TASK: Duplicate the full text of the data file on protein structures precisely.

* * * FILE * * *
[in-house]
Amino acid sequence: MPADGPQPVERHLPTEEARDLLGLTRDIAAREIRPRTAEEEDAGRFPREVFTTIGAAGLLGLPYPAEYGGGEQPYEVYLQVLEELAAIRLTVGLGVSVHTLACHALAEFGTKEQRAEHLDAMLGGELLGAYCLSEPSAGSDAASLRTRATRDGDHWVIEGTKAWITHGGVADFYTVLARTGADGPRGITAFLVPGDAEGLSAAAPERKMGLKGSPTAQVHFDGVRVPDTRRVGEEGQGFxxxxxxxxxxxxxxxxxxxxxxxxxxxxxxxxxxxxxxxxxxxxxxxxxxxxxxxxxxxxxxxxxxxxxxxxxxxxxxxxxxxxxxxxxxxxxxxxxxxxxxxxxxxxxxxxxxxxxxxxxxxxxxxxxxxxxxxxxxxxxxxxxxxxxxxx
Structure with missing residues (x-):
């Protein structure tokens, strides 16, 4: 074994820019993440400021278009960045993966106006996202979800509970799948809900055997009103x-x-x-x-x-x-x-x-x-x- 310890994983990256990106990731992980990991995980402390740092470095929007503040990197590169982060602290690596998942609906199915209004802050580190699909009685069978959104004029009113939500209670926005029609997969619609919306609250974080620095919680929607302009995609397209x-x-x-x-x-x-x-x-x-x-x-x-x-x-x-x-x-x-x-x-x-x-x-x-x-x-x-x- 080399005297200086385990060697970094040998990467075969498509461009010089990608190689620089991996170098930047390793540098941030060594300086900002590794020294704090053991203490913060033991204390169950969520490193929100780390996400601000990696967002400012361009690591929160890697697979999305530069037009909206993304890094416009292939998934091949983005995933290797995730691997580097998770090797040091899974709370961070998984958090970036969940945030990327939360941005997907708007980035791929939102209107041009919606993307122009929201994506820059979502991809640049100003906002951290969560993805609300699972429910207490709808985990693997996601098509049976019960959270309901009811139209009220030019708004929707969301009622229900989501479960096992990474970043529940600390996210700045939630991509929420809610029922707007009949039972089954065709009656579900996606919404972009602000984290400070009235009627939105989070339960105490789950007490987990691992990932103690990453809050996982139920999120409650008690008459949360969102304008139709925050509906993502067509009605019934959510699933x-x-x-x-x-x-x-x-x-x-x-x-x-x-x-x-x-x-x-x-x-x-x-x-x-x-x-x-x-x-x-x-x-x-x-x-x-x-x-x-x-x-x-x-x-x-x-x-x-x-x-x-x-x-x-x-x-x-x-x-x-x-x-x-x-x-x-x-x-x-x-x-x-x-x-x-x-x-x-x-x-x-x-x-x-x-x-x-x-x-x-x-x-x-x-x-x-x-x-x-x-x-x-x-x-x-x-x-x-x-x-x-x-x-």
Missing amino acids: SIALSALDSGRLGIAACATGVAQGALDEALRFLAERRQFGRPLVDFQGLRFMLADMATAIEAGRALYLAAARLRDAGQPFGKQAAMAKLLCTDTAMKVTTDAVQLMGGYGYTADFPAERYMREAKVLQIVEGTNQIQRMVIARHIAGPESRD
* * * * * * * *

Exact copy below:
[in-house]
Amino acid sequence: MPADGPQPVERHLPTEEARDLLGLTRDIAAREIRPRTAEEEDAGRFPREVFTTIGAAGLLGLPYPAEYGGGEQPYEVYLQVLEELAAIRLTVGLGVSVHTLACHALAEFGTKEQRAEHLDAMLGGELLGAYCLSEPSAGSDAASLRTRATRDGDHWVIEGTKAWITHGGVADFYTVLARTGADGPRGITAFLVPGDAEGLSAAAPERKMGLKGSPTAQVHFDGVRVPDTRRVGEEGQGFxxxxxxxxxxxxxxxxxxxxxxxxxxxxxxxxxxxxxxxxxxxxxxxxxxxxxxxxxxxxxxxxxxxxxxxxxxxxxxxxxxxxxxxxxxxxxxxxxxxxxxxxxxxxxxxxxxxxxxxxxxxxxxxxxxxxxxxxxxxxxxxxxxxxxxxx
Structure with missing residues (x-):
């Protein structure tokens, strides 16, 4: 074994820019993440400021278009960045993966106006996202979800509970799948809900055997009103x-x-x-x-x-x-x-x-x-x- 310890994983990256990106990731992980990991995980402390740092470095929007503040990197590169982060602290690596998942609906199915209004802050580190699909009685069978959104004029009113939500209670926005029609997969619609919306609250974080620095919680929607302009995609397209x-x-x-x-x-x-x-x-x-x-x-x-x-x-x-x-x-x-x-x-x-x-x-x-x-x-x-x- 080399005297200086385990060697970094040998990467075969498509461009010089990608190689620089991996170098930047390793540098941030060594300086900002590794020294704090053991203490913060033991204390169950969520490193929100780390996400601000990696967002400012361009690591929160890697697979999305530069037009909206993304890094416009292939998934091949983005995933290797995730691997580097998770090797040091899974709370961070998984958090970036969940945030990327939360941005997907708007980035791929939102209107041009919606993307122009929201994506820059979502991809640049100003906002951290969560993805609300699972429910207490709808985990693997996601098509049976019960959270309901009811139209009220030019708004929707969301009622229900989501479960096992990474970043529940600390996210700045939630991509929420809610029922707007009949039972089954065709009656579900996606919404972009602000984290400070009235009627939105989070339960105490789950007490987990691992990932103690990453809050996982139920999120409650008690008459949360969102304008139709925050509906993502067509009605019934959510699933x-x-x-x-x-x-x-x-x-x-x-x-x-x-x-x-x-x-x-x-x-x-x-x-x-x-x-x-x-x-x-x-x-x-x-x-x-x-x-x-x-x-x-x-x-x-x-x-x-x-x-x-x-x-x-x-x-x-x-x-x-x-x-x-x-x-x-x-x-x-x-x-x-x-x-x-x-x-x-x-x-x-x-x-x-x-x-x-x-x-x-x-x-x-x-x-x-x-x-x-x-x-x-x-x-x-x-x-x-x-x-x-x-x-």
Missing amino acids: SIALSALDSGRLGIAACATGVAQGALDEALRFLAERRQFGRPLVDFQGLRFMLADMATAIEAGRALYLAAARLRDAGQPFGKQAAMAKLLCTDTAMKVTTDAVQLMGGYGYTADFPAERYMREAKVLQIVEGTNQIQRMVIARHIAGPESRD